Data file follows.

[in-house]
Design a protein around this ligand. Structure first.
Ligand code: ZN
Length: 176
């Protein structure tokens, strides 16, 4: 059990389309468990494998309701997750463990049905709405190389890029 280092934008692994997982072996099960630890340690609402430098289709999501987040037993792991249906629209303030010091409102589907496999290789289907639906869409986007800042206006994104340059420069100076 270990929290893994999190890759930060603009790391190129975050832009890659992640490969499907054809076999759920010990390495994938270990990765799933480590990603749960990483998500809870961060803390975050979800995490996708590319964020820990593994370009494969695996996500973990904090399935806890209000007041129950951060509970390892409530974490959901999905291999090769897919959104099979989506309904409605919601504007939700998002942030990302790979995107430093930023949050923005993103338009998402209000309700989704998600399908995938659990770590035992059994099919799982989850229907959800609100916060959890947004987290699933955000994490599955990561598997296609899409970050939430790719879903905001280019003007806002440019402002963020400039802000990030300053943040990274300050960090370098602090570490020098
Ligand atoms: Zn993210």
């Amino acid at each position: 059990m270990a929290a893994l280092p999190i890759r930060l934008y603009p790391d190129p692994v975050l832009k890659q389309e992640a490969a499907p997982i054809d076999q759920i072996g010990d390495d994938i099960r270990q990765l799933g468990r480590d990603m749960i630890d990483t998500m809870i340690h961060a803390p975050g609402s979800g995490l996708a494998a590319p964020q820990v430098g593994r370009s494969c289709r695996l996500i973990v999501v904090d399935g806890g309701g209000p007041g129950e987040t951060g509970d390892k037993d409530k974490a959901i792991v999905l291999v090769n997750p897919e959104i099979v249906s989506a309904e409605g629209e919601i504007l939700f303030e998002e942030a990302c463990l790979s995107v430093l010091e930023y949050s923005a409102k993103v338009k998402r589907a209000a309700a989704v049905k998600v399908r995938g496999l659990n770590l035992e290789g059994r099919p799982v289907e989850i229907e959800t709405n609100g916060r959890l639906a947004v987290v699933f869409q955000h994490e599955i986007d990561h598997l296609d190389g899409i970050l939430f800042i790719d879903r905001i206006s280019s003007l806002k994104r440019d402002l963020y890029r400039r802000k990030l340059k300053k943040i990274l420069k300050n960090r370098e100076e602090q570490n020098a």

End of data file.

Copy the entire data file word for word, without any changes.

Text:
[in-house]
Design a protein around this ligand. Structure first.
Ligand code: ZN
Length: 176
């Protein structure tokens, strides 16, 4: 059990389309468990494998309701997750463990049905709405190389890029 280092934008692994997982072996099960630890340690609402430098289709999501987040037993792991249906629209303030010091409102589907496999290789289907639906869409986007800042206006994104340059420069100076 270990929290893994999190890759930060603009790391190129975050832009890659992640490969499907054809076999759920010990390495994938270990990765799933480590990603749960990483998500809870961060803390975050979800995490996708590319964020820990593994370009494969695996996500973990904090399935806890209000007041129950951060509970390892409530974490959901999905291999090769897919959104099979989506309904409605919601504007939700998002942030990302790979995107430093930023949050923005993103338009998402209000309700989704998600399908995938659990770590035992059994099919799982989850229907959800609100916060959890947004987290699933955000994490599955990561598997296609899409970050939430790719879903905001280019003007806002440019402002963020400039802000990030300053943040990274300050960090370098602090570490020098
Ligand atoms: Zn993210």
């Amino acid at each position: 059990m270990a929290a893994l280092p999190i890759r930060l934008y603009p790391d190129p692994v975050l832009k890659q389309e992640a490969a499907p997982i054809d076999q759920i072996g010990d390495d994938i099960r270990q990765l799933g468990r480590d990603m749960i630890d990483t998500m809870i340690h961060a803390p975050g609402s979800g995490l996708a494998a590319p964020q820990v430098g593994r370009s494969c289709r695996l996500i973990v999501v904090d399935g806890g309701g209000p007041g129950e987040t951060g509970d390892k037993d409530k974490a959901i792991v999905l291999v090769n997750p897919e959104i099979v249906s989506a309904e409605g629209e919601i504007l939700f303030e998002e942030a990302c463990l790979s995107v430093l010091e930023y949050s923005a409102k993103v338009k998402r589907a209000a309700a989704v049905k998600v399908r995938g496999l659990n770590l035992e290789g059994r099919p799982v289907e989850i229907e959800t709405n609100g916060r959890l639906a947004v987290v699933f869409q955000h994490e599955i986007d990561h598997l296609d190389g899409i970050l939430f800042i790719d879903r905001i206006s280019s003007l806002k994104r440019d402002l963020y890029r400039r802000k990030l340059k300053k943040i990274l420069k300050n960090r370098e100076e602090q570490n020098a």